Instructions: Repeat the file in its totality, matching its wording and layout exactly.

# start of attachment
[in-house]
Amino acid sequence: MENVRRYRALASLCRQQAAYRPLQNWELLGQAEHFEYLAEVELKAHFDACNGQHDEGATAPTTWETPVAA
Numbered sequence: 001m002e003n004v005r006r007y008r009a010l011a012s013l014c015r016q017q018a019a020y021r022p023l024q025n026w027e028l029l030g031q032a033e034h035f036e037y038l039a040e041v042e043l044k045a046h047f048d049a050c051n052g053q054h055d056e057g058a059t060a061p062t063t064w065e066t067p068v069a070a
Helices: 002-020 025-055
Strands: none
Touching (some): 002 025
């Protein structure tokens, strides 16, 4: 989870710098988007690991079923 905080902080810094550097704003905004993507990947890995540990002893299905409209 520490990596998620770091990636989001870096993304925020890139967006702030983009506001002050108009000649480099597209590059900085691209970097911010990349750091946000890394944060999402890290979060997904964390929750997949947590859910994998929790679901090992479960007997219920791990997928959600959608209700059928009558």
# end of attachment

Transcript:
[in-house]
Amino acid sequence: MENVRRYRALASLCRQQAAYRPLQNWELLGQAEHFEYLAEVELKAHFDACNGQHDEGATAPTTWETPVAA
Numbered sequence: 001m002e003n004v005r006r007y008r009a010l011a012s013l014c015r016q017q018a019a020y021r022p023l024q025n026w027e028l029l030g031q032a033e034h035f036e037y038l039a040e041v042e043l044k045a046h047f048d049a050c051n052g053q054h055d056e057g058a059t060a061p062t063t064w065e066t067p068v069a070a
Helices: 002-020 025-055
Strands: none
Touching (some): 002 025
């Protein structure tokens, strides 16, 4: 989870710098988007690991079923 905080902080810094550097704003905004993507990947890995540990002893299905409209 520490990596998620770091990636989001870096993304925020890139967006702030983009506001002050108009000649480099597209590059900085691209970097911010990349750091946000890394944060999402890290979060997904964390929750997949947590859910994998929790679901090992479960007997219920791990997928959600959608209700059928009558």